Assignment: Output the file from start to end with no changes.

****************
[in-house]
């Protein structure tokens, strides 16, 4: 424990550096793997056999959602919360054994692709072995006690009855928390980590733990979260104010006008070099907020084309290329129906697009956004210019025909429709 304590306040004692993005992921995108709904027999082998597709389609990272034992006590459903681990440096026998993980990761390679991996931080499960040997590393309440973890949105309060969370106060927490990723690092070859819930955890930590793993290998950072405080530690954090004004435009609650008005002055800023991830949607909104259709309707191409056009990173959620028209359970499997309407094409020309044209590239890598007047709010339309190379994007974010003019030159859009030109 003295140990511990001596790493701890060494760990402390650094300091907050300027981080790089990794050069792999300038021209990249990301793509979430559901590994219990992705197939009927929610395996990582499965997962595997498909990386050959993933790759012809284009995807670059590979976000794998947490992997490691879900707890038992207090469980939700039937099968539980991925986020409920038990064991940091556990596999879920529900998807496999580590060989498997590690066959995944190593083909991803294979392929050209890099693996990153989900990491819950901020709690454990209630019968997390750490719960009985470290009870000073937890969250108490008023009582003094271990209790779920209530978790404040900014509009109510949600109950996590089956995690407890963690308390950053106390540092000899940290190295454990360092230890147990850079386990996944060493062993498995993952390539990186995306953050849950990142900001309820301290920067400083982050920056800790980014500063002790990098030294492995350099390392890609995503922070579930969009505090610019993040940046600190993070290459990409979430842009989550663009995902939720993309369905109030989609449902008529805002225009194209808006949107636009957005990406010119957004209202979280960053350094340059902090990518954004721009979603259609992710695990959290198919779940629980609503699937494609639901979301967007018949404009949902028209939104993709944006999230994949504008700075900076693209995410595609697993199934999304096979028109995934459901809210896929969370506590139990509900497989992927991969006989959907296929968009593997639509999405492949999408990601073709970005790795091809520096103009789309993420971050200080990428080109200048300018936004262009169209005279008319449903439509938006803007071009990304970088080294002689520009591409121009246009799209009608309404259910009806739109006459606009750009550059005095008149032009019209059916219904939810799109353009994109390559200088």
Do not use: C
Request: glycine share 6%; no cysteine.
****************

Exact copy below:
[in-house]
């Protein structure tokens, strides 16, 4: 424990550096793997056999959602919360054994692709072995006690009855928390980590733990979260104010006008070099907020084309290329129906697009956004210019025909429709 304590306040004692993005992921995108709904027999082998597709389609990272034992006590459903681990440096026998993980990761390679991996931080499960040997590393309440973890949105309060969370106060927490990723690092070859819930955890930590793993290998950072405080530690954090004004435009609650008005002055800023991830949607909104259709309707191409056009990173959620028209359970499997309407094409020309044209590239890598007047709010339309190379994007974010003019030159859009030109 003295140990511990001596790493701890060494760990402390650094300091907050300027981080790089990794050069792999300038021209990249990301793509979430559901590994219990992705197939009927929610395996990582499965997962595997498909990386050959993933790759012809284009995807670059590979976000794998947490992997490691879900707890038992207090469980939700039937099968539980991925986020409920038990064991940091556990596999879920529900998807496999580590060989498997590690066959995944190593083909991803294979392929050209890099693996990153989900990491819950901020709690454990209630019968997390750490719960009985470290009870000073937890969250108490008023009582003094271990209790779920209530978790404040900014509009109510949600109950996590089956995690407890963690308390950053106390540092000899940290190295454990360092230890147990850079386990996944060493062993498995993952390539990186995306953050849950990142900001309820301290920067400083982050920056800790980014500063002790990098030294492995350099390392890609995503922070579930969009505090610019993040940046600190993070290459990409979430842009989550663009995902939720993309369905109030989609449902008529805002225009194209808006949107636009957005990406010119957004209202979280960053350094340059902090990518954004721009979603259609992710695990959290198919779940629980609503699937494609639901979301967007018949404009949902028209939104993709944006999230994949504008700075900076693209995410595609697993199934999304096979028109995934459901809210896929969370506590139990509900497989992927991969006989959907296929968009593997639509999405492949999408990601073709970005790795091809520096103009789309993420971050200080990428080109200048300018936004262009169209005279008319449903439509938006803007071009990304970088080294002689520009591409121009246009799209009608309404259910009806739109006459606009750009550059005095008149032009019209059916219904939810799109353009994109390559200088």
Do not use: C
Request: glycine share 6%; no cysteine.